Why should we consider business ethics?

In what environment or spheres of influence do nurses act to influence policy? How did this policy become such an important area of concern? What are some of the challenges this policy will present for you in your role as a nurse leader?
June 17, 2020
Be prepared to discuss how evidence is used in trial and how important evidence integrity is to a successful prosecution. You will also discuss the role and responsibilities of the first officer on a crime scene, specifically protecting a scene and gathering information that will be used in the investigation of a crime. 300 WORDS
June 17, 2020

Why should we consider business ethics?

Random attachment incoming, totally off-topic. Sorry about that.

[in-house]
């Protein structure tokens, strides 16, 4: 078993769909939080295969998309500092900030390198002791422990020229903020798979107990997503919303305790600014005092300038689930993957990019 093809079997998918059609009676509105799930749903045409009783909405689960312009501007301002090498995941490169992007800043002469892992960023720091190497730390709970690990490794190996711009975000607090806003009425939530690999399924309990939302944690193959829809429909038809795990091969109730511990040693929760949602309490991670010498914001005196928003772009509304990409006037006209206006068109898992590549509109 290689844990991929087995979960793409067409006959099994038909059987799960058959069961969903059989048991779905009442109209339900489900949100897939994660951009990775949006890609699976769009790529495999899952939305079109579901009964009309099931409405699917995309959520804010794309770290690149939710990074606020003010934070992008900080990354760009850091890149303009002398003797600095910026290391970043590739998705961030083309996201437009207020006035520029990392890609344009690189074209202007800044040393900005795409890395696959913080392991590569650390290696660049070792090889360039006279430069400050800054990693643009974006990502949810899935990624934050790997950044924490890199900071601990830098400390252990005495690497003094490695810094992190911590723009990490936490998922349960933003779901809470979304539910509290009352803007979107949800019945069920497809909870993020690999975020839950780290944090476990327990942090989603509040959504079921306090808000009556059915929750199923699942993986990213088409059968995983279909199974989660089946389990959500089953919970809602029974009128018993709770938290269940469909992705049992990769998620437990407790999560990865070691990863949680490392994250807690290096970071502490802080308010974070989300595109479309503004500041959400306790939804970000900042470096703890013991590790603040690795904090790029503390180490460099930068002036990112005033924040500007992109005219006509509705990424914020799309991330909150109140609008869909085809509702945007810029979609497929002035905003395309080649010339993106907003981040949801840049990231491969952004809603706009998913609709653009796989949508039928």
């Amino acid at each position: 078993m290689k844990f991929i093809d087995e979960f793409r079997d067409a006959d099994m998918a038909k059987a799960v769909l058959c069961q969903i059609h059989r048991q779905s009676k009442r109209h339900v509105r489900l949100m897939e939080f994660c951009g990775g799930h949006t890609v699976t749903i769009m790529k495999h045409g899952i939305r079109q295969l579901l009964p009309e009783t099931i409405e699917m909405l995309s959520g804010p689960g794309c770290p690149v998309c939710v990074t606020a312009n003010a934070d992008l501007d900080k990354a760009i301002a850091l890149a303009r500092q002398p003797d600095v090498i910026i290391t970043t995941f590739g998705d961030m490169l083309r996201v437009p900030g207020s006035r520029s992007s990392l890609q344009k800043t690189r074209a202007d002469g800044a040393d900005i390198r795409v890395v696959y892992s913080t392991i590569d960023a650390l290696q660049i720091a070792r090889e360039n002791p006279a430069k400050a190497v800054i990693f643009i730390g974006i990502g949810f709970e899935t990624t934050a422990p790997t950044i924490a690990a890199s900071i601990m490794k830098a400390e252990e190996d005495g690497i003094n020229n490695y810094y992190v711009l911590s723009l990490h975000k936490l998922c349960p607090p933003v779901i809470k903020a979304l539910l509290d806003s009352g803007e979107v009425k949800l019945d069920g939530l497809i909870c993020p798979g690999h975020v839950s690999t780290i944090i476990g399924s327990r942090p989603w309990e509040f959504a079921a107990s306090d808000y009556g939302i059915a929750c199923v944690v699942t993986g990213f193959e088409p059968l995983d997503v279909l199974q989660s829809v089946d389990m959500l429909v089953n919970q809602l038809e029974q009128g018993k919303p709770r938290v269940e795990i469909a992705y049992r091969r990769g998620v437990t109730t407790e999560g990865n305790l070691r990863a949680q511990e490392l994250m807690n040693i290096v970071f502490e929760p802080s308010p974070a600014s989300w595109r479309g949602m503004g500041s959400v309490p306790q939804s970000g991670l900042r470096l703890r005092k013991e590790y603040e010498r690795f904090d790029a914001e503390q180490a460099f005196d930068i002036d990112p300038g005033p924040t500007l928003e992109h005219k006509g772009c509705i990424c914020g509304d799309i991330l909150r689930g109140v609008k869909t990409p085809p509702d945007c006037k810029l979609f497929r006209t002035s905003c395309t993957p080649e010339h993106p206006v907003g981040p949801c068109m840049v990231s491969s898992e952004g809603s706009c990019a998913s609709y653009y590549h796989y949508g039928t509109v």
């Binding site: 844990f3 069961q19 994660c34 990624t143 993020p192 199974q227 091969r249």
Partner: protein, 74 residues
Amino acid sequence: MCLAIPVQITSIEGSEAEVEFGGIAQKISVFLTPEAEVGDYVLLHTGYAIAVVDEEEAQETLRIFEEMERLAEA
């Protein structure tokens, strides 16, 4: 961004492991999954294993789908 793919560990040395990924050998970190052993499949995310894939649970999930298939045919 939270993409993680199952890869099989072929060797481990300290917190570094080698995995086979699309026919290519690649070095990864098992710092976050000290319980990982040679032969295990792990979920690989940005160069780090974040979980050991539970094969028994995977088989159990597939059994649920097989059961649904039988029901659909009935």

Importance of business ethics Why should we consider business ethics? Ferrell, Fraedrich and Ferrell (2011) suggest that the study of business ethics does not just mean moralising about what should or should not be done in a particular situation. Rather, it systematically links the concepts of morality, responsibility, and decision-making in organisations. These authors classify the ethical issues relevant to most organisations into four key areas. Conflicts of interest Honesty and fairness Communications Relationships within the organisation. Business operations managers make many practical decisions every day (such as finance, marketing, manufacturing, R&D). In many cases, these decisions do not only involve business practices, but also have ethical implications which need to be identified and resolved- an example is a decision to outsource manufacturing to a low cost country to increase the company’s profits, but with major implications for job losses in Australia. There are many alternatives available to management from immediate retrenchment of Australian workers, to upskilling and transfer to other sections of the company with a lower company cost saving on the short to medium term. When we deal with ethical business practice, we rely on our inner principles to help us choose the right path. Companies that allow unethical business practices – at times even breaking the law-pay the price in fines, legal fees, compensation for those who were wronged or even jail terms for individuals. When individuals start to believe that compromising standards and cutting corners is common business practice, the costs may be hard to quantify, but they can be damaging to the entire company. The Institute of Chartered Accountants (Australia and NZ) link ethical behaviour to a company’s reputation which “makes the effective management of reputational risk and ethical business conduct an integral part of what drives company’ success.” Economic performance alone no longer guarantees success and defaulting to what’s legal doesn’t cut it anymore, as some multinational corporations are finding in Australia where they have been criticised for their adherence to tax minimising regimes that offshore their profits. According to the Institute, the top ethical issues confronting business institutions today revolve around: Insider trading Illegal political contributions Environmental violations Health or safety violations Improper contracts Contract violations Improper use of competitor’s information Anti-competitive practices Sexual harassment Substance abuse